Wresting a living from the world is never easy. Heck, just making it through a desk-bound workweek is enough to wipe me out most of the time.
But it could be worse.
Imagine sitting throughout your life on a cold rock, making a living as best you can from air and the occasional drop of rain.
That’s the task lichens face everyday.
You might say that lichens found a niche that nobody else wanted. Or, as the lichens might say, they have a role on Earth that nothing else has the stamina and fortitude to fill. “The few, the proud, the lichens,” might be their motto.
The success of the simple lichen is really a tale of cooperation. Two life forms make a living together in a lichen, each benefiting from the work of the other, like a tiny, socialist utopia.
The first part of the intimate pairing is a green single-cell organism. I won’t be more precise than that, because there are variations in that green cells that go right over the head of a geologist. But the main point is that the green partner harnesses the energy in sunlight and uses carbon dioxide in the air to build carbohydrates.
The green cells would often not do very well on their own. Enter the second part of the pairing, the fungus cells.
Fungi are weird. You know that from eating mushrooms. They are neither fish nor fowl, neither animals nor plants.
The fungi in the lichen combine with the green cells to form a compound organism that’s more successful than either half alone. The green cells create the carbs, while the fungus does a couple of different things. The fungal cells make a stable structure for the lichen community and create chemicals that dissolve a bit of the rock the lichen sits on. That, in turn, makes a small amount of mineral nutrients that the fungi shares with the green partner.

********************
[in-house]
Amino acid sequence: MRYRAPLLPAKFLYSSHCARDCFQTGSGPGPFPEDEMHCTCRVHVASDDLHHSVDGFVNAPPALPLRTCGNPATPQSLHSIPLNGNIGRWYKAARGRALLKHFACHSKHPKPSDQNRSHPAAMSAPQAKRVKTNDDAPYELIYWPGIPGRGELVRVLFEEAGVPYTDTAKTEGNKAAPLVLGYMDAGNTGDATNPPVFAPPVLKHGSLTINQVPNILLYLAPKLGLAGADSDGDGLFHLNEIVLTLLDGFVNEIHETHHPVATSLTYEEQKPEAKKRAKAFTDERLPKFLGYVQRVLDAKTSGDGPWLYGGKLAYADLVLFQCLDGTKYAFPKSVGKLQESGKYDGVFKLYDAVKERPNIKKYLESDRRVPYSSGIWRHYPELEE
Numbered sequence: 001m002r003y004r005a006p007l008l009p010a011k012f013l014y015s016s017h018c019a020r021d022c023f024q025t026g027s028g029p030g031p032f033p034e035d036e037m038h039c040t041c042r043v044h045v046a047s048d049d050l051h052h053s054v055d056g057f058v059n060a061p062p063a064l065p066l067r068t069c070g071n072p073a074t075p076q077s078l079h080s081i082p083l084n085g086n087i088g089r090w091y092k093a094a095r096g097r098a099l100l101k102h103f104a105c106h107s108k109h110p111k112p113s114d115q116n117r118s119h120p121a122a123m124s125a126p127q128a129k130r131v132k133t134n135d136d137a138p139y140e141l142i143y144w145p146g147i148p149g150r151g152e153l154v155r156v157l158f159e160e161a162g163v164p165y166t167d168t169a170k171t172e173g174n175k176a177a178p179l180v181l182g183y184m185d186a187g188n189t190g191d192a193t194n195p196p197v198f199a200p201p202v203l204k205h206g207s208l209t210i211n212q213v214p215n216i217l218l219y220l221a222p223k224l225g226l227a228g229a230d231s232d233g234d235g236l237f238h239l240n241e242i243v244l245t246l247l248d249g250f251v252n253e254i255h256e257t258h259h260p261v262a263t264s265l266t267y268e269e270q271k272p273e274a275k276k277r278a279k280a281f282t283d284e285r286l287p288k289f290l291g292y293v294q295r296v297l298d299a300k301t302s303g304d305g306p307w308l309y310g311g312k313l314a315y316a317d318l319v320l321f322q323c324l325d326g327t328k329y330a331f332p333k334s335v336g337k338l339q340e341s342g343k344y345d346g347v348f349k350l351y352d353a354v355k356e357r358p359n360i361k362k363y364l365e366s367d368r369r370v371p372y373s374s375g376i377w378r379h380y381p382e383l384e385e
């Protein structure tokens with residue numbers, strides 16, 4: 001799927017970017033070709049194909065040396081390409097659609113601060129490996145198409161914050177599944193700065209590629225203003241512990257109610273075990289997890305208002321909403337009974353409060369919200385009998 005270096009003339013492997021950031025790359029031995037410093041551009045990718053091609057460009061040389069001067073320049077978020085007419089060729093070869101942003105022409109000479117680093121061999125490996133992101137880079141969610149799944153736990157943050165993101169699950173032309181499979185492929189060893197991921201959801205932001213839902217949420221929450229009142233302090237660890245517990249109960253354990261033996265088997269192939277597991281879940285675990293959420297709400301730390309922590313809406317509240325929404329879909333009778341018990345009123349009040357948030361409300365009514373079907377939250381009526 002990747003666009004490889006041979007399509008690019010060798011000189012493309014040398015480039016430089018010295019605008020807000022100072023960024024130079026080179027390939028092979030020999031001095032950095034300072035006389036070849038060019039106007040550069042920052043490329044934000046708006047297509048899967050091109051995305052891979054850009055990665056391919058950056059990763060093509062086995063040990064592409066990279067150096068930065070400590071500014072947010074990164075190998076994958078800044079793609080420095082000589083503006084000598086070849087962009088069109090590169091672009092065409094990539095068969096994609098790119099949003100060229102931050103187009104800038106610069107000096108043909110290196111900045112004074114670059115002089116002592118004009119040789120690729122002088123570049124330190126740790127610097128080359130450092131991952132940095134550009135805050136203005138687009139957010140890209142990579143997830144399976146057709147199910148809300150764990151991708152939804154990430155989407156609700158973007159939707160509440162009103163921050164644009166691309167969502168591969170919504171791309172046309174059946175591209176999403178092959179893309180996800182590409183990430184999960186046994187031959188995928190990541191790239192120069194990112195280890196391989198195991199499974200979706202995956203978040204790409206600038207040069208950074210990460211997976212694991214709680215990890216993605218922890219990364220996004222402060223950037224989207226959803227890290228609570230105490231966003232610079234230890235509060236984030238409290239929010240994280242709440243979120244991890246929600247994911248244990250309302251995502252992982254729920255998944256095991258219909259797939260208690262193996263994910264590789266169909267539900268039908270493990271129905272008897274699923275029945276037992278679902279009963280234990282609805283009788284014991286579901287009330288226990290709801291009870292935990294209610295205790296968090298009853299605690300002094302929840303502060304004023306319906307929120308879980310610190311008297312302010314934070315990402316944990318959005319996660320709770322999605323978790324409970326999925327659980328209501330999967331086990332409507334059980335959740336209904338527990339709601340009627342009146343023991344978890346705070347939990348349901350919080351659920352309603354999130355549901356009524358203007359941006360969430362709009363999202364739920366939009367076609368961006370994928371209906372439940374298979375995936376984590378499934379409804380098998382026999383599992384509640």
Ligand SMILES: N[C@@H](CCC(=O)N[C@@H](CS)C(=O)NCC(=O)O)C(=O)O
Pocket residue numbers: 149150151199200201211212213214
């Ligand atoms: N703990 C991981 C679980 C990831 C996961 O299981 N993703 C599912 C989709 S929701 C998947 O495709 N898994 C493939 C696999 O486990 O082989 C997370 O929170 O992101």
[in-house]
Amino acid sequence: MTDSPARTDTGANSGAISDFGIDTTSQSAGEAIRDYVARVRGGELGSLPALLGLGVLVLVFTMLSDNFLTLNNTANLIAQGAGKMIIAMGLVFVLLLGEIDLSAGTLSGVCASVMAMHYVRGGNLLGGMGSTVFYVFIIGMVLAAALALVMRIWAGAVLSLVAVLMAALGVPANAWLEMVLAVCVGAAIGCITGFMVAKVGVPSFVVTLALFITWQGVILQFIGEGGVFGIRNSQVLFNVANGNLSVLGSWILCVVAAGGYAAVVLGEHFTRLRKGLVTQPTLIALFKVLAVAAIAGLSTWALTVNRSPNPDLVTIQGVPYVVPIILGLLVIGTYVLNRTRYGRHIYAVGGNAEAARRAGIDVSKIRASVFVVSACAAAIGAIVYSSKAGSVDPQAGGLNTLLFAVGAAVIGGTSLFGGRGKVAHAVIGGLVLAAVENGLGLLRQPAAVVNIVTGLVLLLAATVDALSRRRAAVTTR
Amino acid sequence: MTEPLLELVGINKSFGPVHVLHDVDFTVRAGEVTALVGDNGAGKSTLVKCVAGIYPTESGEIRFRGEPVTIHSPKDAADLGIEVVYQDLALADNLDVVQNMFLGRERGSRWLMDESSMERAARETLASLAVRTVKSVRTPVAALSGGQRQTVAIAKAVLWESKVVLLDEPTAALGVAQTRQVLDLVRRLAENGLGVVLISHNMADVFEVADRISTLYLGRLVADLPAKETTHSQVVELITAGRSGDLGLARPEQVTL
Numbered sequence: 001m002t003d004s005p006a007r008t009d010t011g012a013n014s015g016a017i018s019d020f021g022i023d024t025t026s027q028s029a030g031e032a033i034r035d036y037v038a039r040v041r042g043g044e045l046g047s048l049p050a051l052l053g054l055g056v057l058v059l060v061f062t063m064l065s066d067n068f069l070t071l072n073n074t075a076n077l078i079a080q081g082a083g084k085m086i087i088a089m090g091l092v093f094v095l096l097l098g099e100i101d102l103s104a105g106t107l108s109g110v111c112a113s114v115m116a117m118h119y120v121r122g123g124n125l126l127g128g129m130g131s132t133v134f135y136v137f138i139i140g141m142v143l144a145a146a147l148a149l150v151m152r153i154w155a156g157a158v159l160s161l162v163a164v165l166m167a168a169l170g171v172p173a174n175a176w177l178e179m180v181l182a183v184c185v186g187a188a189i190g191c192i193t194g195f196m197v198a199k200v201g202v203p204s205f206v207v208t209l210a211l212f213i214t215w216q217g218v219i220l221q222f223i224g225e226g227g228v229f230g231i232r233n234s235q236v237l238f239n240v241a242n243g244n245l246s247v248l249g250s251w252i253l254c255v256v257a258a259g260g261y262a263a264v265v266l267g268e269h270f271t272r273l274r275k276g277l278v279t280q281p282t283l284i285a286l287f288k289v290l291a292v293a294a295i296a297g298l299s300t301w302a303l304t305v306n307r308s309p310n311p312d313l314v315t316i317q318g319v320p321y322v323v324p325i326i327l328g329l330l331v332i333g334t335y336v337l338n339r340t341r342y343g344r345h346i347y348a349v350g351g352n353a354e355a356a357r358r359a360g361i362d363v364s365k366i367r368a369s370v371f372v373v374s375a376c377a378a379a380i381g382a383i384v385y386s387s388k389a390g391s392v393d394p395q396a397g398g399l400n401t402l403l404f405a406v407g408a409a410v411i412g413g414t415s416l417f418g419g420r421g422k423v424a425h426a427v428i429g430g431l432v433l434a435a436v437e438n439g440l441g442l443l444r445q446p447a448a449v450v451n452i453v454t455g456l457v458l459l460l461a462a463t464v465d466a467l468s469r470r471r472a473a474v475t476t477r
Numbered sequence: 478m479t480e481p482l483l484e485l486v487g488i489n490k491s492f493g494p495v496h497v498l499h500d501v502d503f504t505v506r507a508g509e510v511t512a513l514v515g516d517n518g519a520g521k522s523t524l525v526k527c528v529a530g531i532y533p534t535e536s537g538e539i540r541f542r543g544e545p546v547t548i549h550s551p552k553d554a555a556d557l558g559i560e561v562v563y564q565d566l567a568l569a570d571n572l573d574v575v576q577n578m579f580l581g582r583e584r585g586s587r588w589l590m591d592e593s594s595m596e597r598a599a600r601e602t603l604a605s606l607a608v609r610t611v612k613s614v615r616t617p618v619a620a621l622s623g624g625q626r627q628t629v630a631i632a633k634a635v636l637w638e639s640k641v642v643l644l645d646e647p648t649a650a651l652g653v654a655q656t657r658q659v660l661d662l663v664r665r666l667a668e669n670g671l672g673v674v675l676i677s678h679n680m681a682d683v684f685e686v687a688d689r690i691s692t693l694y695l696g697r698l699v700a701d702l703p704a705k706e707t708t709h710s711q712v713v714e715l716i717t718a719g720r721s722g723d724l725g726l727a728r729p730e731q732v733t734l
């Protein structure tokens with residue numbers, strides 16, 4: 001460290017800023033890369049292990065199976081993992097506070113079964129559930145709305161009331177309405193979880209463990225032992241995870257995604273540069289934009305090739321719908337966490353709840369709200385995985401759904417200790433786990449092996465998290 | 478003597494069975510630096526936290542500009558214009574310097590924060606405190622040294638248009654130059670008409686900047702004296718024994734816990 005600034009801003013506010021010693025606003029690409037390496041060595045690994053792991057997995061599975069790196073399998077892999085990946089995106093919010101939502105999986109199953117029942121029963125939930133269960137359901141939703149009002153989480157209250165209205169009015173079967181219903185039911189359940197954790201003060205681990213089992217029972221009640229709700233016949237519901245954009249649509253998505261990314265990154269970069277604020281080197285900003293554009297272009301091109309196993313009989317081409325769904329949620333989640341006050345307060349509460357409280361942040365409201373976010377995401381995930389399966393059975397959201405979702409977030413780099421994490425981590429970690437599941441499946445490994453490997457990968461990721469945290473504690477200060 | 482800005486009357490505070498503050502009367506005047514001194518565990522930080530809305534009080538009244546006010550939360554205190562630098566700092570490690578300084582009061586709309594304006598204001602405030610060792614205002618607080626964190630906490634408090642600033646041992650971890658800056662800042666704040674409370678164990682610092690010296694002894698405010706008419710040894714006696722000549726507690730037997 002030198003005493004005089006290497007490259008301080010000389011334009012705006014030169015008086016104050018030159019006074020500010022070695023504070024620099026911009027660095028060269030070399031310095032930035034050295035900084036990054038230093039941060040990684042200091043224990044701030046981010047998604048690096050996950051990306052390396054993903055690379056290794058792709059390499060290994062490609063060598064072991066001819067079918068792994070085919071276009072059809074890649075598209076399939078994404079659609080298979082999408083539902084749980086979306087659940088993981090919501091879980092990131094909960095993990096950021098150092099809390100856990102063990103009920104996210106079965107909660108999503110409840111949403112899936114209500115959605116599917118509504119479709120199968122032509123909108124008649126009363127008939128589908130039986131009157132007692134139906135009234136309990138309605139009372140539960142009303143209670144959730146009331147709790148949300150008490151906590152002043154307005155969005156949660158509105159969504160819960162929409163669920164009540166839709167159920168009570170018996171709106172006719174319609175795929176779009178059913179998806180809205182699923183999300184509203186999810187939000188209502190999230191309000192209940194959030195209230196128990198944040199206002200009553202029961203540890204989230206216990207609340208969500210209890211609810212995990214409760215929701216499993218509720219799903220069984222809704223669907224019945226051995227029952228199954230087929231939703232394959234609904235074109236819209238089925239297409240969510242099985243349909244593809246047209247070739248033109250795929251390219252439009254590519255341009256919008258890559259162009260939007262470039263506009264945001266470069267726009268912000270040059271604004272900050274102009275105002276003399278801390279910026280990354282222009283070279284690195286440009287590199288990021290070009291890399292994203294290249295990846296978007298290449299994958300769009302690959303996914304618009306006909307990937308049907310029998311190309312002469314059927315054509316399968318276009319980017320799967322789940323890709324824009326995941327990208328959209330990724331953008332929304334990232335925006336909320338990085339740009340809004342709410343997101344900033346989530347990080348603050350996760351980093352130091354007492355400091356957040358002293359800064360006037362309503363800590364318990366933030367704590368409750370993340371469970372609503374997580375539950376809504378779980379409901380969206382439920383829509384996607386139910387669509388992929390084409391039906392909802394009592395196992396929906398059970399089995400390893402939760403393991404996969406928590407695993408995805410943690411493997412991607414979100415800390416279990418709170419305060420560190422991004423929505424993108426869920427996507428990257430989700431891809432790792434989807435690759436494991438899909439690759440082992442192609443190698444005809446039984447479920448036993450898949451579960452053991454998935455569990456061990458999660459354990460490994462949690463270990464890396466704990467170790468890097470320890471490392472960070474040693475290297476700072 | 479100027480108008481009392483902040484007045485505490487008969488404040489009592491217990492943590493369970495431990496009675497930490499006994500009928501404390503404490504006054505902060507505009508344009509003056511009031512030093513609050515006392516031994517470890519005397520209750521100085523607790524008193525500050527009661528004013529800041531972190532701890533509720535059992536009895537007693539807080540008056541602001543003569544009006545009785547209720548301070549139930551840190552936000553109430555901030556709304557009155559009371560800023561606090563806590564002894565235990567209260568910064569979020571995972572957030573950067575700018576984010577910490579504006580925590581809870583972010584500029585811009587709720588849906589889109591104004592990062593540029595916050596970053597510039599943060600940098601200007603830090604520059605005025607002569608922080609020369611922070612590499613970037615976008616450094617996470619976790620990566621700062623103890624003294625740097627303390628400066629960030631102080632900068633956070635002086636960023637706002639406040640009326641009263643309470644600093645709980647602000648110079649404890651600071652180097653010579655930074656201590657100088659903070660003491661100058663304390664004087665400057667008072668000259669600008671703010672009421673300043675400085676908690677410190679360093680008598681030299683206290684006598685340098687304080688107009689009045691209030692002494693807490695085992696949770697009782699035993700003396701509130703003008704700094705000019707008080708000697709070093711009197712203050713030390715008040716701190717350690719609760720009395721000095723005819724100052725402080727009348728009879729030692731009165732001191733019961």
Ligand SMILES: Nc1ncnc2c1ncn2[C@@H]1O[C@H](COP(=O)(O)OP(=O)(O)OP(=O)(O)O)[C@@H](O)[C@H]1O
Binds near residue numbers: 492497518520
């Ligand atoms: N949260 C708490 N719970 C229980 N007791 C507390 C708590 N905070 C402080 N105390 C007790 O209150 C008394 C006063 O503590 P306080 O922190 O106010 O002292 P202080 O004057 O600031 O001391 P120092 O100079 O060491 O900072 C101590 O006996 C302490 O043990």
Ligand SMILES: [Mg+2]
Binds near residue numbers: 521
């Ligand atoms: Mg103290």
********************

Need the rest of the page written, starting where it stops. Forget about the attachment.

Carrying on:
The cooperation between cells in the lichen has been a great marriage, one that’s lasted for more than half a billion years and shows no signs of heading to divorce court.
As a geologist, I drag home a few rocks from around the Northwest every chance I get. When I bring the rocks into my house or office, the lichens on them dry completely. And then years pass.
“But they’re still alive, I’d wager,” said Professor Jack Rogers of Washington State University. “Just water ‘em, set ‘em in the sun, and watch.”
Rogers is a fungi expert. He was kind enough to come with me on a geology fieldtrip, so some students and I could learn more about lichens.
Occasionally, geologists use the size of lichens in our work. The diameters of lichen on a gravestone – a rock surface with a known age conveniently printed right on it – can show you how fast lichen grows in a particular climate. Say lichen on the east side of a tombstone from 1908 are all about an inch across. Using that knowledge, geologists can estimate how long a certain boulder or cliff face has been exposed to the sky, judging by the size of the biggest lichen on east-facing surfaces.
It’s elementary, my dear Watson.
There are many different lichens: gray and flakey, light green and spongy – and my own personal favorite, the strongly orange ones. Rogers knows them all and calls them each by their scientific names.
“Lichens are a sensitive indicator of air quality,” Rogers reminded me recently. “The Scandinavians have been watching them for centuries.”
As an American of Scandinavian lineage, I can testify we are an odd group with peculiar interests. Watching lichens isn’t our strangest pursuit.
“The lichens in towns died off when Scandinavians started burning coal,” Rogers said.
Raw coal smoke from a simple hearth is a good bit nastier than wood smoke. Some of us geologists actually like the smell of coal smoke on a winter morning, but sane people do not. Our industrial cities used to be pretty sooty places – and those in China still are, in large part because of coal smoke.
“But now the lichens in Scandinavia have grown back because the air quality has improved as folks quit burning coal for everything,” Rogers said.
That conjured up a new motto in my mind.
The lichens: the few, the proud, the canaries of our industrial age.